Transitions

Marc D. Allan

Until he lost his job about six weeks ago, Steve Cooper had been on the Indianapolis airwaves consistently for 32 years.

First there was WNDE-AM (1260), a Top 40 station he helped start in 1973, where he was a mile-a-minute screamer known as Super Cooper. Then he was one of the last WIFE "Good Guys" from 1976-'82. Then he was the morning man at WFBQ-FM (94.7) before a duo named Bob and Tom came along.

And finally, there was WTPI-FM (107.9), another station he helped launch and saw through all its incarnations - "top for Indianapolis," "most music," "soft FM," "soft rock" and "continuous light rock." TPI remained his radio home for 21 years until the Oct. 3 shakeup that ended the long-running Steve and Kelly (Vaughn) morning show.

"I've never been off for more than two weeks, so this is a new experience," Cooper said in an interview a couple of weeks ago. "But I have confidence, I have faith in my talent and, to an extent, my future because I think talent will out. I may be a nice guy" - something someone in the radio business recently accused him of - "but I know what I'm doing and I do it pretty well."

Cooper lost his job when WTPI switched from mainstream adult contemporary to adult hits as a way of differentiating itself from several other stations playing essentially the same music. Like an increasing number of Indianapolis stations, "The Track," as WTPI is now known, operates with a minimal number of DJs. That seems counterproductive in the age of the iPod, given that personalities are what give radio stations their personality, but that's the way of the radio world.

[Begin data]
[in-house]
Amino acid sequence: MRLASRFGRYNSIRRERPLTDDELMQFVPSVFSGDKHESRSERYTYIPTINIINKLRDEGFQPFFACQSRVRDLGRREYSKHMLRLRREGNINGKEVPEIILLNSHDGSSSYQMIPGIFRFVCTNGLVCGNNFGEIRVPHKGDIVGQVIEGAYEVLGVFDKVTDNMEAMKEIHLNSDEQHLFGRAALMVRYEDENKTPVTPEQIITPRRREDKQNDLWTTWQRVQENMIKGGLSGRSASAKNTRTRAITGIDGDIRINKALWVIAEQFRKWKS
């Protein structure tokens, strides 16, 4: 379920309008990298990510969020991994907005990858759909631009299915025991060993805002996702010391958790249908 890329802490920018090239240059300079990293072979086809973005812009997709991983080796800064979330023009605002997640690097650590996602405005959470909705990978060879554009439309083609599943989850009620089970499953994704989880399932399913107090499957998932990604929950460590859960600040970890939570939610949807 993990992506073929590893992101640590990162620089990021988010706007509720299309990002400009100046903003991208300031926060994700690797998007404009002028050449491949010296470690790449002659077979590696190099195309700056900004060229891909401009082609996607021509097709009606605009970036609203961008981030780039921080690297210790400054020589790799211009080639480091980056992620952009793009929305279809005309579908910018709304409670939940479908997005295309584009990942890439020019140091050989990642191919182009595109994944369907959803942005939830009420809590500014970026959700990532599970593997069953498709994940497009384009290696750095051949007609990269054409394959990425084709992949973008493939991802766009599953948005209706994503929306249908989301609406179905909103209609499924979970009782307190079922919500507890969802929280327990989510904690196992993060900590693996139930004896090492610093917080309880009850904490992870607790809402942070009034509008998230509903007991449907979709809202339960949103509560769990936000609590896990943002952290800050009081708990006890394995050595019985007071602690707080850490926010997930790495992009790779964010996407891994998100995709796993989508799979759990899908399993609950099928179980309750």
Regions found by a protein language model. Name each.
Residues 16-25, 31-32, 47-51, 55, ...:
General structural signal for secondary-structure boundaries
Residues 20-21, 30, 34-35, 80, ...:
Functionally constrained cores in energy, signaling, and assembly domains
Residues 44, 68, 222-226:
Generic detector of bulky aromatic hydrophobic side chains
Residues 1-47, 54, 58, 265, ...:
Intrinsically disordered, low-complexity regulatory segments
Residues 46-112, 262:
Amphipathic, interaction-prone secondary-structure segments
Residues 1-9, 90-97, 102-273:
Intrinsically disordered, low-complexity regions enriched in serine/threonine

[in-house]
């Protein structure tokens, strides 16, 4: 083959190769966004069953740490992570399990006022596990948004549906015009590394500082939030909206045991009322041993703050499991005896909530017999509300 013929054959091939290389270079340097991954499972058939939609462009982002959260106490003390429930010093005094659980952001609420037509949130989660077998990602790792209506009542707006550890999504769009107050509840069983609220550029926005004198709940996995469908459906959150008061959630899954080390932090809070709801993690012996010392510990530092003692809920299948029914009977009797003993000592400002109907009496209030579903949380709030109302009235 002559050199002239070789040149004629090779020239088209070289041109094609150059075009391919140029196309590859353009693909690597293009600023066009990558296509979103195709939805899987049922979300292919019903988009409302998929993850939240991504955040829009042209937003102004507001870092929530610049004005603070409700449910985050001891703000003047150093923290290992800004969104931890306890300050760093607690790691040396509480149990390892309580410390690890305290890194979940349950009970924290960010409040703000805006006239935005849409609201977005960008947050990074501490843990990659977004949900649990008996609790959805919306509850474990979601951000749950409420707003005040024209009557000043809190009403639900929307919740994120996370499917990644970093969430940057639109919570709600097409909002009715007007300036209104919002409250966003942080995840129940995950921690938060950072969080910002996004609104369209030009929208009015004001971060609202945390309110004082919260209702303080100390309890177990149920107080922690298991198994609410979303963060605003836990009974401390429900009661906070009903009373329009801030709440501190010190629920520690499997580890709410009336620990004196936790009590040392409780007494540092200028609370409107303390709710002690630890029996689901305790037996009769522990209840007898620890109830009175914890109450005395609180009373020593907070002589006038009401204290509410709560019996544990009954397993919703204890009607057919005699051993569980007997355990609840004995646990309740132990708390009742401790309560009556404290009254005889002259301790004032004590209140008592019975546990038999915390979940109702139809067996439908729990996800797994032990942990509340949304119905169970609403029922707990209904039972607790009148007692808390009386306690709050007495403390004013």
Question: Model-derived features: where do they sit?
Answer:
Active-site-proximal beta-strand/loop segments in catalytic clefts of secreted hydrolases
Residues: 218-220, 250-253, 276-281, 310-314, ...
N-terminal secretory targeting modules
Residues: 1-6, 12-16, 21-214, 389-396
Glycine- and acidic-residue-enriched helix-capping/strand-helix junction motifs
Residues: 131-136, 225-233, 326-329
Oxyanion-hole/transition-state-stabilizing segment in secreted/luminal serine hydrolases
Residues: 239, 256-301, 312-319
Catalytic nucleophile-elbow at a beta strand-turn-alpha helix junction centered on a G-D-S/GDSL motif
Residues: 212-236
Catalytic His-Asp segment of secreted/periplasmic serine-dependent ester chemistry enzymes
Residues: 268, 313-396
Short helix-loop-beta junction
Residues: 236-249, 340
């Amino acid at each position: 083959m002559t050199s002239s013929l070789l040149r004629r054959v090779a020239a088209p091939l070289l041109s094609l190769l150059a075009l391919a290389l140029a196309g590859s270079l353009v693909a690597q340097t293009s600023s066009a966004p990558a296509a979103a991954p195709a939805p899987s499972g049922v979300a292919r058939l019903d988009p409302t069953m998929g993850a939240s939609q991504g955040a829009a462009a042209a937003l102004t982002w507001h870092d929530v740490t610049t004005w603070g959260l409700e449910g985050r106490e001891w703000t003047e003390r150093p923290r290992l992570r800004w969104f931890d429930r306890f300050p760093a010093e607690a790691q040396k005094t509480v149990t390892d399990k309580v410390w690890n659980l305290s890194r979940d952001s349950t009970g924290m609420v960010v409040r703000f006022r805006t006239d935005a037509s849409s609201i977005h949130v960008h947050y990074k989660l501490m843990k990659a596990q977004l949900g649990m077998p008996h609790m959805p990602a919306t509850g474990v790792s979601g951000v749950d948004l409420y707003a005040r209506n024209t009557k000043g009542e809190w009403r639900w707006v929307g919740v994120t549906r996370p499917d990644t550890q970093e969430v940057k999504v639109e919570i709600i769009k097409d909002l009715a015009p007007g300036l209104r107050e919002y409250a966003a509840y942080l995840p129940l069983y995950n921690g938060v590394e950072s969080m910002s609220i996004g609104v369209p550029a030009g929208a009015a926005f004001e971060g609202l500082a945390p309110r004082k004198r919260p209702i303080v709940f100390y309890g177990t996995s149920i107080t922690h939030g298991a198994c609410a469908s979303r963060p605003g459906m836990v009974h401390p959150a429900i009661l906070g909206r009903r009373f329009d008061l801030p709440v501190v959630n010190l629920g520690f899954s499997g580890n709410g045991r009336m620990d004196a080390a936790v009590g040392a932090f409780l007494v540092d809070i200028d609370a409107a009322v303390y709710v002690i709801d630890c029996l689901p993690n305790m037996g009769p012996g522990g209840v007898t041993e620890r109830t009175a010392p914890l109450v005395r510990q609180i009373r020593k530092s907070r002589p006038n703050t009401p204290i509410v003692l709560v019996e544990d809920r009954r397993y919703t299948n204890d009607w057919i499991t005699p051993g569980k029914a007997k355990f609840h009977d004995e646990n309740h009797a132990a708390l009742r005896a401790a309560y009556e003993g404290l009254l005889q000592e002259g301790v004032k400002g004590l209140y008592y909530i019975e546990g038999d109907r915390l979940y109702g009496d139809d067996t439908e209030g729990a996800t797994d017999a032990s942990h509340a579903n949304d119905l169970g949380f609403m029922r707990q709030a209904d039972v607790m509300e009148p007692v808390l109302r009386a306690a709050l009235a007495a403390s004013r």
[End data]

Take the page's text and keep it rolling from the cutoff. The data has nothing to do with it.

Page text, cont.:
Cooper soon turns 57, and right now he's looking back on a career that began when he used his college theater training to land his first radio job in Ann Arbor, Mich., in 1971. He figures he has several good years of radio left in him. Now he hopes someone will give him a chance.

"I love radio because it's a real personal, real one-on-one medium," he says. "In spite of the fact that you're talking to thousands of people at one time, you're really only talking to a single person. And you try to affect them.

"I've received about a hundred e-mails since I've left, and almost to a person they've said to me, 'You were like part of our family.' They knew about me, they know about my wife, my dog, my life. I'm going to miss that. But if I never get behind a microphone again, I will consider that I had a good career."

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